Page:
Mint Poisoning Average Cost

From 566 quotes ranging from $200 - 2,000

Average Cost

$500

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What is Mint Poisoning?

Essential oils and aromatherapy have become increasingly popular over the years. Many of these oils are safe and beneficial to use on dogs; it is a very natural approach to healing. But before you use any essential oil on your dog, you need to do your research first. Not all oils are safe for dogs, mint being one of them. If you applied a mint essential oil on your dog, he may develop symptoms of toxicity and with some mint species, he may develop liver failure. Wash the oil off your dog with a detergent type of soap as soon as possible and get him to a veterinarian. If corrected early enough, his prognosis of recovery is good.

Mint is a common aromatic ingredient used in many products. In the form of an essential oil, it is extremely toxic to your dog. If your dog has been around mint and is now acting abnormally, contact your veterinarian.

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Symptoms of Mint Poisoning in Dogs

Symptoms of mint poisoning may vary from dog to dog. Symptoms may include:

  • Lethargy
  • Vomiting
  • Diarrhea

If your dog ingests pennyroyal mint, he can also experience liver failure. 

Types

Mint, also known as garden mint, belongs to the Lamiaceae family with the scientific name of Mentha spp. The two most common types of mint include peppermint and spearmint. There are about 25 different species of mint and are characterized by their aromatic property.  This herb does well in cool, moist areas with partial shade or full sun.

Causes of Mint Poisoning in Dogs

The essential oils of the mint plant are what are toxic to your dog. It is too strong for them and when applied to their coat or skin or comes into contact with them in any way, they develop signs of toxicity. Some people use this essential oil on their dog safely but in its diluted form or with a carrier oil. If not diluted properly, your dog can suffer severe consequences.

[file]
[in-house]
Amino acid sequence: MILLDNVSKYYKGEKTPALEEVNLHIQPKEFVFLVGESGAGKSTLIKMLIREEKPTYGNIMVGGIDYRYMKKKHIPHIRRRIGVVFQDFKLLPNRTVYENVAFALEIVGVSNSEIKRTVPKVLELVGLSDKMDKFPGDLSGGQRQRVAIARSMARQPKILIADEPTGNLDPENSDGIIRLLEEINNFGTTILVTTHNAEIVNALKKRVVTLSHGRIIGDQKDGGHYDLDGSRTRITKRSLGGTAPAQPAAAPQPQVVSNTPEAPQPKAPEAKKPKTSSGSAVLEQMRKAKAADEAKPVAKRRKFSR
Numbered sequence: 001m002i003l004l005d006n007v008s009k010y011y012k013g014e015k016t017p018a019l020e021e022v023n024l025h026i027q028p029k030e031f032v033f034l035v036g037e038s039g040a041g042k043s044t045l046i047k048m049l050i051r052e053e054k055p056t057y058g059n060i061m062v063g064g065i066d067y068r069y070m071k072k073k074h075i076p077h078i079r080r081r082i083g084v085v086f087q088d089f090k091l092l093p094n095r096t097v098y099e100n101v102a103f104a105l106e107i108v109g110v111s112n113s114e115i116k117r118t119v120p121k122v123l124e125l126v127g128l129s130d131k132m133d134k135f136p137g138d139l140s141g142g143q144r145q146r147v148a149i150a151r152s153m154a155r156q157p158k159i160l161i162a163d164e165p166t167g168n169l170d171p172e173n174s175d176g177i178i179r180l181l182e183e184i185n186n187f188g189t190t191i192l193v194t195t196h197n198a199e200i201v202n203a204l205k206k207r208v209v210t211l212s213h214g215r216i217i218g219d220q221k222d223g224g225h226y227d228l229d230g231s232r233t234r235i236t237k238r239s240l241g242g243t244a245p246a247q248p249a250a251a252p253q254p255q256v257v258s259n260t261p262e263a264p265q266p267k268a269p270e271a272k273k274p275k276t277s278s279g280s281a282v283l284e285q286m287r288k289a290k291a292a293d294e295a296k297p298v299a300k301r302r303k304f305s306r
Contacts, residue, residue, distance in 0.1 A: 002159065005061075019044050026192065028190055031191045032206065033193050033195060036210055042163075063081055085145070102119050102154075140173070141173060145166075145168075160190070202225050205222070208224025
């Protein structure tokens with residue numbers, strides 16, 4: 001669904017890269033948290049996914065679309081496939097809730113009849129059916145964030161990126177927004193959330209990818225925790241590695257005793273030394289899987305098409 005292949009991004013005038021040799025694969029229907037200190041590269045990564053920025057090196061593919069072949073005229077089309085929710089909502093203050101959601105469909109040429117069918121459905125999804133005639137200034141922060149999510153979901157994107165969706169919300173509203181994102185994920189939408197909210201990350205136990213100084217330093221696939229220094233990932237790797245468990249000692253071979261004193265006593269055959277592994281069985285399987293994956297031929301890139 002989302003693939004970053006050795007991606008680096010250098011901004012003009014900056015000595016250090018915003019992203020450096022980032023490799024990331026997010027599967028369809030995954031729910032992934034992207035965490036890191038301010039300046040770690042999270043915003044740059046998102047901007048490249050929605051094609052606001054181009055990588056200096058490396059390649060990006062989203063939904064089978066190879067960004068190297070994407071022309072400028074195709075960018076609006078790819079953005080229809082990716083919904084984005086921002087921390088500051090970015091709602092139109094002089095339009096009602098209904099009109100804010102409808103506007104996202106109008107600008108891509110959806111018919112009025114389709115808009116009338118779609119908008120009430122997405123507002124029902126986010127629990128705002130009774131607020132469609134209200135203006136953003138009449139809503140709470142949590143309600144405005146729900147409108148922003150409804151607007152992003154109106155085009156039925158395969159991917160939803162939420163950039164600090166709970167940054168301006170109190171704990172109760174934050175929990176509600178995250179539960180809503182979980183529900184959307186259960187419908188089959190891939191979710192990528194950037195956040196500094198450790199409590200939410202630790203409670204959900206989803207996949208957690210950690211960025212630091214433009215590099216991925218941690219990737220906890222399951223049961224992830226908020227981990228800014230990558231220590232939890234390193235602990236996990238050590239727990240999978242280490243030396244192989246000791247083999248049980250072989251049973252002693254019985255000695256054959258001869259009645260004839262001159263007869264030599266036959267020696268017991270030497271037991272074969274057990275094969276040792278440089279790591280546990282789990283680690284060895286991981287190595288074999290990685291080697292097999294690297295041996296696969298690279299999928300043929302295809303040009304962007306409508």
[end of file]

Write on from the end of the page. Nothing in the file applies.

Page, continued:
Diagnosis of Mint Poisoning in Dogs

Symptoms of mint poisoning are very vague; many things can cause the listed symptoms. There are a number of diagnostic tests the veterinarian may need to perform to come to a proper diagnosis. However, if you are able to bring a piece of the plant or the oil you used, it will allow for a quicker and error free diagnosis.

When you first arrive at the clinic, the veterinarian will begin by collecting a history from you. She will want to know any and all details of what your dog possibly could have come into contact with within the past 24 hours, either accidental or anything new you used on or near him. 

She will perform a physical exam on your dog to check his vitals and note any other symptoms he may be experiencing. This will also allow her to take a thorough look over your dog to evaluate his symptoms. She may decide to do some blood work for multiple reasons. One, it will give her needed information on how your dog’s internal organs are functioning especially since liver failure is a concern, and two, it will help her to rule out other possible causes of your dog’s symptoms. A complete blood count (CBC) and chemistry panel are usually the first tests to be run; it will give the veterinarian a status check of your dog’s major blood filtering organs like the liver and kidney. If your dog is vomiting and having diarrhea excessively, she may run a packed cell volume (PCV) to determine the severity of dehydration he is experiencing. Depending on the preliminary results, your veterinarian may choose to run more diagnostic tests for further evaluation.